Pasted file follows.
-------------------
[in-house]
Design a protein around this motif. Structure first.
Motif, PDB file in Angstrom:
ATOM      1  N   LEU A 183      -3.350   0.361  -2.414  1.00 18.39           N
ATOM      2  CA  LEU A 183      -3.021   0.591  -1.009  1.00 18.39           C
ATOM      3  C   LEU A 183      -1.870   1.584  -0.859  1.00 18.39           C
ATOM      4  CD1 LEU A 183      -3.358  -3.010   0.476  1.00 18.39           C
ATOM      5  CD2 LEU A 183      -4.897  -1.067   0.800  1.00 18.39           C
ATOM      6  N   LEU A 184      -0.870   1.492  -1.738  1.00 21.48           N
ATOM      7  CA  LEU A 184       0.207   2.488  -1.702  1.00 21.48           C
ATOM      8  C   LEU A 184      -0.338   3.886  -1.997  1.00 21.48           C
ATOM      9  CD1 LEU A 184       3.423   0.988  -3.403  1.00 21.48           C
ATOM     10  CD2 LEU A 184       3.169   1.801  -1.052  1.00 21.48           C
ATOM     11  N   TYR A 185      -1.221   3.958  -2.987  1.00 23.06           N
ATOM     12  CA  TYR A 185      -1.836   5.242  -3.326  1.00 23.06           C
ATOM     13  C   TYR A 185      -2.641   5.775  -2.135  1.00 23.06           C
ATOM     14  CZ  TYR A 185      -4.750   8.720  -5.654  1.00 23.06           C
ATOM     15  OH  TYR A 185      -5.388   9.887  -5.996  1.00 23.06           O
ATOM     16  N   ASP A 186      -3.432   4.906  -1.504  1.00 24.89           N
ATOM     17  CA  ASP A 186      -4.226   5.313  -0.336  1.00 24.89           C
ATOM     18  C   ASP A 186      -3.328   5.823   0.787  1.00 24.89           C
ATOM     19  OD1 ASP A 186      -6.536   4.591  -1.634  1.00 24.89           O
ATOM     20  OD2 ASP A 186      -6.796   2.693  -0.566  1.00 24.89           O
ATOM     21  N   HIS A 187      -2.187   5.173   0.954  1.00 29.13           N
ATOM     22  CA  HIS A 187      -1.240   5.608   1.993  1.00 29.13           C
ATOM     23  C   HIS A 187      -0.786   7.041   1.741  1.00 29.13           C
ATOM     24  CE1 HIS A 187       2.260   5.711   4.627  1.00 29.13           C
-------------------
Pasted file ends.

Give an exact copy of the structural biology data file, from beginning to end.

[in-house]
Design a protein around this motif. Structure first.
Motif, PDB file in Angstrom:
ATOM      1  N   LEU A 183      -3.350   0.361  -2.414  1.00 18.39           N
ATOM      2  CA  LEU A 183      -3.021   0.591  -1.009  1.00 18.39           C
ATOM      3  C   LEU A 183      -1.870   1.584  -0.859  1.00 18.39           C
ATOM      4  CD1 LEU A 183      -3.358  -3.010   0.476  1.00 18.39           C
ATOM      5  CD2 LEU A 183      -4.897  -1.067   0.800  1.00 18.39           C
ATOM      6  N   LEU A 184      -0.870   1.492  -1.738  1.00 21.48           N
ATOM      7  CA  LEU A 184       0.207   2.488  -1.702  1.00 21.48           C
ATOM      8  C   LEU A 184      -0.338   3.886  -1.997  1.00 21.48           C
ATOM      9  CD1 LEU A 184       3.423   0.988  -3.403  1.00 21.48           C
ATOM     10  CD2 LEU A 184       3.169   1.801  -1.052  1.00 21.48           C
ATOM     11  N   TYR A 185      -1.221   3.958  -2.987  1.00 23.06           N
ATOM     12  CA  TYR A 185      -1.836   5.242  -3.326  1.00 23.06           C
ATOM     13  C   TYR A 185      -2.641   5.775  -2.135  1.00 23.06           C
ATOM     14  CZ  TYR A 185      -4.750   8.720  -5.654  1.00 23.06           C
ATOM     15  OH  TYR A 185      -5.388   9.887  -5.996  1.00 23.06           O
ATOM     16  N   ASP A 186      -3.432   4.906  -1.504  1.00 24.89           N
ATOM     17  CA  ASP A 186      -4.226   5.313  -0.336  1.00 24.89           C
ATOM     18  C   ASP A 186      -3.328   5.823   0.787  1.00 24.89           C
ATOM     19  OD1 ASP A 186      -6.536   4.591  -1.634  1.00 24.89           O
ATOM     20  OD2 ASP A 186      -6.796   2.693  -0.566  1.00 24.89           O
ATOM     21  N   HIS A 187      -2.187   5.173   0.954  1.00 29.13           N
ATOM     22  CA  HIS A 187      -1.240   5.608   1.993  1.00 29.13           C
ATOM     23  C   HIS A 187      -0.786   7.041   1.741  1.00 29.13           C
ATOM     24  CE1 HIS A 187       2.260   5.711   4.627  1.00 29.13           C